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Looking for comment on the royal baby? Don’t ask me

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Here are some of the things that people are saying about mixed-race babies at the moment: websites have run stories about the “viral” mixed-race children of Instagram, who are trending because of their “gorgeous blonde hair, light eyes, and golden skin that looks like sand”. White teenagers – in conversations that I have both overheard and been privy to – say, “I really want to have kids with a black guy because mixed-race babies are so cute! I just love their curly hair, and oh my God, the ones with freckles.”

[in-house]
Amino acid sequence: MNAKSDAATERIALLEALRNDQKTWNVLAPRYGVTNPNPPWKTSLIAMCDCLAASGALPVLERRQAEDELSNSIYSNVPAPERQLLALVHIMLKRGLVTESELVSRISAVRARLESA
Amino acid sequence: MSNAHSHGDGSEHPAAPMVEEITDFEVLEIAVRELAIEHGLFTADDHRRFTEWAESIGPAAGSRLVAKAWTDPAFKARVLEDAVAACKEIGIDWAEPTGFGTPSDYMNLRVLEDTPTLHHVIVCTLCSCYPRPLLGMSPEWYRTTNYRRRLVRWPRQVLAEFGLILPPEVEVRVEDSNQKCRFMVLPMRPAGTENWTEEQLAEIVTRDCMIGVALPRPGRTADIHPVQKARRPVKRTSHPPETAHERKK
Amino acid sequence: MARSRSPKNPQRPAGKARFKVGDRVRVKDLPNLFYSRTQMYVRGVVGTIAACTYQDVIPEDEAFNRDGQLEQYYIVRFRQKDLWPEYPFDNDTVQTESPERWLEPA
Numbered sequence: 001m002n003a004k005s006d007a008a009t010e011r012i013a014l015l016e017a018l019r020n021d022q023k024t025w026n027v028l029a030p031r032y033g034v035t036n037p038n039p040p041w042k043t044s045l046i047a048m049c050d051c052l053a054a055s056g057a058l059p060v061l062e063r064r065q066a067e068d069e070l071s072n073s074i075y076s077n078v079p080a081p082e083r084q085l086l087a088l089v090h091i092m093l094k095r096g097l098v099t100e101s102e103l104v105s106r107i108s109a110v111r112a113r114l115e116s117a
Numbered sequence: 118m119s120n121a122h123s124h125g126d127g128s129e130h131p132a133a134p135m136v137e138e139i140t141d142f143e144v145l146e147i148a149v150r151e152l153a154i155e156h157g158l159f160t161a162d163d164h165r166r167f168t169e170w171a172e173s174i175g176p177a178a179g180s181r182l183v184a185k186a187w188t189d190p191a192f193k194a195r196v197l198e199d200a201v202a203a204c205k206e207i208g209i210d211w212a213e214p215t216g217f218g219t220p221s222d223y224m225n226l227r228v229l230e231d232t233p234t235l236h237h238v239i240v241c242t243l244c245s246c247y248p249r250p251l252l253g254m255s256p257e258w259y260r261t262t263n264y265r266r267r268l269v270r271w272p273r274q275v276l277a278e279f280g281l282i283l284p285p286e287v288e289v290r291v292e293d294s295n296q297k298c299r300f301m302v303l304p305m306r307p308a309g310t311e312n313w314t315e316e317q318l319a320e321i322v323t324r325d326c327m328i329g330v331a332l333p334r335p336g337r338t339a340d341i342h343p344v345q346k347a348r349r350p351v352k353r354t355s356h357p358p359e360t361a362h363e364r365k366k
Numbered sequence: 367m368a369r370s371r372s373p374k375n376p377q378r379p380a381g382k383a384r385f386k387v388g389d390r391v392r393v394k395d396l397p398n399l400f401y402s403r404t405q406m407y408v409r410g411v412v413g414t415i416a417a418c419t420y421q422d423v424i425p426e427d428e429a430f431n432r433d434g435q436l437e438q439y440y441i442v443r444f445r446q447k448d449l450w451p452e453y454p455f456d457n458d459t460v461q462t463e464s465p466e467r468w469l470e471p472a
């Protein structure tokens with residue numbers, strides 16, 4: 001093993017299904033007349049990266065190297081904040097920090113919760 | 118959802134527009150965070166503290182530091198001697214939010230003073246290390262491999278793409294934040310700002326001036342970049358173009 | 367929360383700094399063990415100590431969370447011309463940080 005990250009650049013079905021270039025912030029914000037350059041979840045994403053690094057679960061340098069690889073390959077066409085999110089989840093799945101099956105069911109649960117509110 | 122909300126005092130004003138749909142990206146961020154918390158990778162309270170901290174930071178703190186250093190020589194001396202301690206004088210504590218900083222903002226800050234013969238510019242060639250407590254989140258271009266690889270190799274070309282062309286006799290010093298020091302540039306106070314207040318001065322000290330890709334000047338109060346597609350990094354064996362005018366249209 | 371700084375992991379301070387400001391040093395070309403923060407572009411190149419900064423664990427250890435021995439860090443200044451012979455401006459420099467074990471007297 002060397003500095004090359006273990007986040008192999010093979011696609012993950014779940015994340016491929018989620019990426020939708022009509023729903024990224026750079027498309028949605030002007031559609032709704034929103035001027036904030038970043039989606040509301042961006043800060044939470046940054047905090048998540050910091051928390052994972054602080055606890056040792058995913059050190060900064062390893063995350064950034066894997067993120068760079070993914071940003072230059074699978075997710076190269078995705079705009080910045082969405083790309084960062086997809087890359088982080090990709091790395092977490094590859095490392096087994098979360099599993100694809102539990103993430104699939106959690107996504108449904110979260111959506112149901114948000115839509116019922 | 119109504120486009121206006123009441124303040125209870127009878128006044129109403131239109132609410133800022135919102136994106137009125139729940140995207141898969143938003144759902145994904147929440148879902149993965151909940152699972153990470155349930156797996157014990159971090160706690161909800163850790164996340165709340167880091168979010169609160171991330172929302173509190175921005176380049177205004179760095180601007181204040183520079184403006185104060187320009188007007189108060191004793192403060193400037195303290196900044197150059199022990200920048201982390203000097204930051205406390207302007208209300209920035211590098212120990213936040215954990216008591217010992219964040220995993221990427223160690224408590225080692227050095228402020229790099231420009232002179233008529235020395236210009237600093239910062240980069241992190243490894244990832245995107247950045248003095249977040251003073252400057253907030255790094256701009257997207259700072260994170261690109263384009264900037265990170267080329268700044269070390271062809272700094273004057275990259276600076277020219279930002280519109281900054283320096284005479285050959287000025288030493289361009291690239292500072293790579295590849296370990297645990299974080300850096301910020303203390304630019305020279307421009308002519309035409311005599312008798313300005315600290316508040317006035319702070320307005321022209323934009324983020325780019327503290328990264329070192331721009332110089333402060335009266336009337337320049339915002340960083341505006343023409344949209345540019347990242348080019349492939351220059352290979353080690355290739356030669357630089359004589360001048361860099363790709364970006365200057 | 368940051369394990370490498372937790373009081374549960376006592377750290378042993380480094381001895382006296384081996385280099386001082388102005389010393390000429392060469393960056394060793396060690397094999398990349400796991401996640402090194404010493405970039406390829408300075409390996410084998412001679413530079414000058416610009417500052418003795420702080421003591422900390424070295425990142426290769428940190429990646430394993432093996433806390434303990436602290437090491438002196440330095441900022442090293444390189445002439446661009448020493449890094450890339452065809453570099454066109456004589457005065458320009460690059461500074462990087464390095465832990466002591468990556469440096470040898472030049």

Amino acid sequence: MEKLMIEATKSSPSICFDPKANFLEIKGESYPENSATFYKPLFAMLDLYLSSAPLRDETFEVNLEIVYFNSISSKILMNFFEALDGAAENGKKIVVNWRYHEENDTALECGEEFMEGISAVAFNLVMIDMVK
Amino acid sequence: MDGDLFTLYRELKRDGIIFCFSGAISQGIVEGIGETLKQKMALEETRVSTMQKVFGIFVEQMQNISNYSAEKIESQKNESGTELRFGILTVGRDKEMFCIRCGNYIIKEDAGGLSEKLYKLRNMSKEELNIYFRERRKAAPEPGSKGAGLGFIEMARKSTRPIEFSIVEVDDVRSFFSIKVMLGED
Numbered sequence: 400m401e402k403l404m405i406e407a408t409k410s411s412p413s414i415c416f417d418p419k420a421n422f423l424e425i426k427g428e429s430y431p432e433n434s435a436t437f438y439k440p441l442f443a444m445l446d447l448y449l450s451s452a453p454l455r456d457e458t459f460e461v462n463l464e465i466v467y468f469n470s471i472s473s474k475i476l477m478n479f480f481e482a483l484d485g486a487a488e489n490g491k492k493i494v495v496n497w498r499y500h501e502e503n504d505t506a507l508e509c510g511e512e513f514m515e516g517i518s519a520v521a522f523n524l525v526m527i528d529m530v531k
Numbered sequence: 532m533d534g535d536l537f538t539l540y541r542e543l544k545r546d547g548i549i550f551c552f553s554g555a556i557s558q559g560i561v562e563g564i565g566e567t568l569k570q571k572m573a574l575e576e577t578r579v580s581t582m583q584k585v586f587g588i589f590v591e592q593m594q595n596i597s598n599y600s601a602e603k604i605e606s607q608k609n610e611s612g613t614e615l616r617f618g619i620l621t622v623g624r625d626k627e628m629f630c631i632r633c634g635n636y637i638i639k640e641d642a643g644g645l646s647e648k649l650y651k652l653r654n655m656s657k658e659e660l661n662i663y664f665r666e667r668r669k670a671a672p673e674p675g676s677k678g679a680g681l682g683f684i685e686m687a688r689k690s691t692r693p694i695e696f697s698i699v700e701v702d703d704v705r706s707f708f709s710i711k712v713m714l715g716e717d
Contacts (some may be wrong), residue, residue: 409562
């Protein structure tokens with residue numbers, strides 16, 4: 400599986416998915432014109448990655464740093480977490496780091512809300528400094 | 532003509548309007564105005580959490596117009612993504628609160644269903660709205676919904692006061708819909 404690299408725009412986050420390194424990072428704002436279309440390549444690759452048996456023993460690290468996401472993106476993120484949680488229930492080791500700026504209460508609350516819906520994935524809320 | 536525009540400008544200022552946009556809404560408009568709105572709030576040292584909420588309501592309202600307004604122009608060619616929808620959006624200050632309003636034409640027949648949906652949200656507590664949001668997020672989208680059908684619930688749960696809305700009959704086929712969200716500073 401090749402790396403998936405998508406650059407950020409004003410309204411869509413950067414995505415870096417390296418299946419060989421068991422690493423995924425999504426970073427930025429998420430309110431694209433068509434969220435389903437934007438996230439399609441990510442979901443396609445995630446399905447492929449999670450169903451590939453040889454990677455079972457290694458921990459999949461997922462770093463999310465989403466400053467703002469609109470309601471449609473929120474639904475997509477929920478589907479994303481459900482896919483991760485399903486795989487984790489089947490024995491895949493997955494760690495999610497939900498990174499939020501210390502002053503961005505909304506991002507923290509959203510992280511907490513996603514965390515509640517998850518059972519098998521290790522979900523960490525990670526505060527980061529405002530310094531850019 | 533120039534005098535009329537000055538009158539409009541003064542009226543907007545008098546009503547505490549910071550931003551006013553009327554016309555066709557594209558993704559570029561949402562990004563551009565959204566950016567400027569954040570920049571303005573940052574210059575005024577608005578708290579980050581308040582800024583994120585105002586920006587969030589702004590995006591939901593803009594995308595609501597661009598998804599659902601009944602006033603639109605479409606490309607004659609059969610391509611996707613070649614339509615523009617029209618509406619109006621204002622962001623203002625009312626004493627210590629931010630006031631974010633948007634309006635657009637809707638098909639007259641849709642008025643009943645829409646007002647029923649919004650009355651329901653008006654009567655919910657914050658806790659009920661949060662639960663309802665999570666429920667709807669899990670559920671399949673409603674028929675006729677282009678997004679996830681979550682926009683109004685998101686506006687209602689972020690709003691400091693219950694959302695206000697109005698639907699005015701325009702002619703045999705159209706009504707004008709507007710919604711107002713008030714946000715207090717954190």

The Kardashians, who have been accused by some people of turning that particular fantasy into reality, are a never-ending source of related commentary. Kylie Jenner is currently causing people to “fall all over themselves with praise” because she learned how to do her mixed-race daughter’s hair.

And now I have had more than 20 requests to do broadcast and print interviews about the impending arrival of Harry and Meghan’s baby – due any day now – on what it means for British identities that this royal baby will be the first to be acknowledged as mixed race.

I know why I’ve been asked, because this was the theme of my contributions this time last year around their wedding. I gave freely of my view that the fact that a woman who proudly identified with having African heritage was entering the senior echelons of the royal family would make it that much harder for people to claim – as they had in the past – that to be black and to be British were mutually exclusive........

© The Guardian